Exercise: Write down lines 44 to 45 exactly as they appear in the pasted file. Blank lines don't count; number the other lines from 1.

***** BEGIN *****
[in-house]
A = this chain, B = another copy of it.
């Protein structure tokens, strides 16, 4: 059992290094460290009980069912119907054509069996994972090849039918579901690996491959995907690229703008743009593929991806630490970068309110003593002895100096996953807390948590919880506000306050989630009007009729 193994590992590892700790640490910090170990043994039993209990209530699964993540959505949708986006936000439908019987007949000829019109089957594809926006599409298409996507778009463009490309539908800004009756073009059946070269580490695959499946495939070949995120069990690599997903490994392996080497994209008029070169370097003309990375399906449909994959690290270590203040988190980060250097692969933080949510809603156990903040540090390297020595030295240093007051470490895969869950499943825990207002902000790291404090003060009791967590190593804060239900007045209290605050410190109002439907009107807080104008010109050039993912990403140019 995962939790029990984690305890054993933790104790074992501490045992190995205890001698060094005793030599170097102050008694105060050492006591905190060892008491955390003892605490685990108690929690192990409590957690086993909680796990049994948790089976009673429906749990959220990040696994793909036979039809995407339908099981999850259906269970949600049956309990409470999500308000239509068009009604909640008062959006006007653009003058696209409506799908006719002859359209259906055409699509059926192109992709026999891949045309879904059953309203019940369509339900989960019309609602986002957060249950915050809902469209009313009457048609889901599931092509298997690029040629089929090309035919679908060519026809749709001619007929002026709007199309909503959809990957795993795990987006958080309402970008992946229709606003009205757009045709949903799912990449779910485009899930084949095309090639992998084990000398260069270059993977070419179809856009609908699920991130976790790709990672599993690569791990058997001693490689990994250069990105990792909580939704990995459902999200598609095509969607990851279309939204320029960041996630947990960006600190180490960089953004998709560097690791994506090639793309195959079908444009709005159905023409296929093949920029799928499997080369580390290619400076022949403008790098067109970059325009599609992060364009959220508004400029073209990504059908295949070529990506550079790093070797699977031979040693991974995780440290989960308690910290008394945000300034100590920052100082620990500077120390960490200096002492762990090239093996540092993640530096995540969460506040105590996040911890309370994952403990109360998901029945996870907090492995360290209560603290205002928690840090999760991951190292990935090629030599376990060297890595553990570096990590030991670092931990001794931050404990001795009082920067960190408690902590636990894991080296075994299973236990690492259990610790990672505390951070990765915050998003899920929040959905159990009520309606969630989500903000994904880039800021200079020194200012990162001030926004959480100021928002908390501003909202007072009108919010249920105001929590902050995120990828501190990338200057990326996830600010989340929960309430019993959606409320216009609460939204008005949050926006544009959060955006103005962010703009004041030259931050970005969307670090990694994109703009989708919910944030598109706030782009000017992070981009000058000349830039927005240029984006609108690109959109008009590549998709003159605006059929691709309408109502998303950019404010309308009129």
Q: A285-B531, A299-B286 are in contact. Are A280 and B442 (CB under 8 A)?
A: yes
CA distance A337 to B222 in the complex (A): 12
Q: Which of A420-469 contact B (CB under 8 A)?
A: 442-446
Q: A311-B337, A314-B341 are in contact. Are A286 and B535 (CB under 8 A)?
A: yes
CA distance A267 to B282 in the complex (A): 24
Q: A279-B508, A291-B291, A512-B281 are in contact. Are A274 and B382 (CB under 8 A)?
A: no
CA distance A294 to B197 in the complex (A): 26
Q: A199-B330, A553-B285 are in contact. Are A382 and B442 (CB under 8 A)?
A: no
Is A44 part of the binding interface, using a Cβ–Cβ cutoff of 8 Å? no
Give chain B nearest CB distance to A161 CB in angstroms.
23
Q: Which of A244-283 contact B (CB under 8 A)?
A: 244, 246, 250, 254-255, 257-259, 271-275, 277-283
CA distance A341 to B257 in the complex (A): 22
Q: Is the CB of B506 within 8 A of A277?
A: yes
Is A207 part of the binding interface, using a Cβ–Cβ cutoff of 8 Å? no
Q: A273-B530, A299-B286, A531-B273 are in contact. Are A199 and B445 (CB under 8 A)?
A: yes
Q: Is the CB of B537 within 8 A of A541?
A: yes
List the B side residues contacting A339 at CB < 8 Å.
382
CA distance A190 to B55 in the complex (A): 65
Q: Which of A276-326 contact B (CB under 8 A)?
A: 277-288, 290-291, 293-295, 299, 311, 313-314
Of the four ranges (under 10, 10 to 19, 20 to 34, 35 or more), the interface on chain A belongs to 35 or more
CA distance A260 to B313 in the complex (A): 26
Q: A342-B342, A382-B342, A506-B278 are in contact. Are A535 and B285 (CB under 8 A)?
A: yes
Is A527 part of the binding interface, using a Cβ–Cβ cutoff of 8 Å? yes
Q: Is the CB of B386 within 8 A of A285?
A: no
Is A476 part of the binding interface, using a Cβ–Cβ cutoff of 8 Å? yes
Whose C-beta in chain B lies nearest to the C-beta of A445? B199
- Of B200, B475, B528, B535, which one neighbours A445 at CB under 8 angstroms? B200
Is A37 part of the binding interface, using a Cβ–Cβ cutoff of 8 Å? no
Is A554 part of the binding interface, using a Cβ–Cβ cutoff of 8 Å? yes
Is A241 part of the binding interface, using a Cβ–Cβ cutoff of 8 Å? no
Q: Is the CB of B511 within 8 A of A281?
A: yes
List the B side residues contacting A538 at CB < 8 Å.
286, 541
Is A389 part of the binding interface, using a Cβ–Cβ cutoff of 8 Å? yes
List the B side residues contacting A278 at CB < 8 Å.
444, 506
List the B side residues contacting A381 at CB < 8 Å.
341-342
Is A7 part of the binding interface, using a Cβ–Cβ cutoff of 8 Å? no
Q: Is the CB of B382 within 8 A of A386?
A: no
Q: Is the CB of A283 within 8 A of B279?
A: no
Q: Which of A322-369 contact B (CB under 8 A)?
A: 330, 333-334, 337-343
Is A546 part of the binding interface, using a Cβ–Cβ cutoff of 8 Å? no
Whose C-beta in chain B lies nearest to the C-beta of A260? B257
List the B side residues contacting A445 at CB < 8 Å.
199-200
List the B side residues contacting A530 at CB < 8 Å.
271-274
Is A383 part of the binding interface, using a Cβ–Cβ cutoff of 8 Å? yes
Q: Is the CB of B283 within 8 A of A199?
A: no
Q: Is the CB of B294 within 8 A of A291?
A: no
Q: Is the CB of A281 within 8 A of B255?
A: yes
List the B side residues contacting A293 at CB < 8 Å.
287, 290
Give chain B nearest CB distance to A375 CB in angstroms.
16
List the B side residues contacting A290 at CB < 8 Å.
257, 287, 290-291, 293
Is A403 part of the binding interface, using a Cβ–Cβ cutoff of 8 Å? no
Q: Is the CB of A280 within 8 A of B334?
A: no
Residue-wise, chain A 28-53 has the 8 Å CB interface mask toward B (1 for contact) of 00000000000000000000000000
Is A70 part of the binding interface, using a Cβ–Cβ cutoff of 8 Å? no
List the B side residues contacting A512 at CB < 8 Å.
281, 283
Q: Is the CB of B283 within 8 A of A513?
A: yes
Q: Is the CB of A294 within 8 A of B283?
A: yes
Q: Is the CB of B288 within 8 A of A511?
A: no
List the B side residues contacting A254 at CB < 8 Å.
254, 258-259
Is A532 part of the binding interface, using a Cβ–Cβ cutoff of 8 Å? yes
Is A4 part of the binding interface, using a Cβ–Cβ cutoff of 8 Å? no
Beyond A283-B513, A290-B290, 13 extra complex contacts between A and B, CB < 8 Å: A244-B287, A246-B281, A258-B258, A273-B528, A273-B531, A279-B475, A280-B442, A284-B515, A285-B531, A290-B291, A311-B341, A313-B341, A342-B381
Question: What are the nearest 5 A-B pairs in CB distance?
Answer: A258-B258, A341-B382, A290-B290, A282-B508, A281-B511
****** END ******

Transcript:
- Of B200, B475, B528, B535, which one neighbours A445 at CB under 8 angstroms? B200
Is A37 part of the binding interface, using a Cβ–Cβ cutoff of 8 Å? no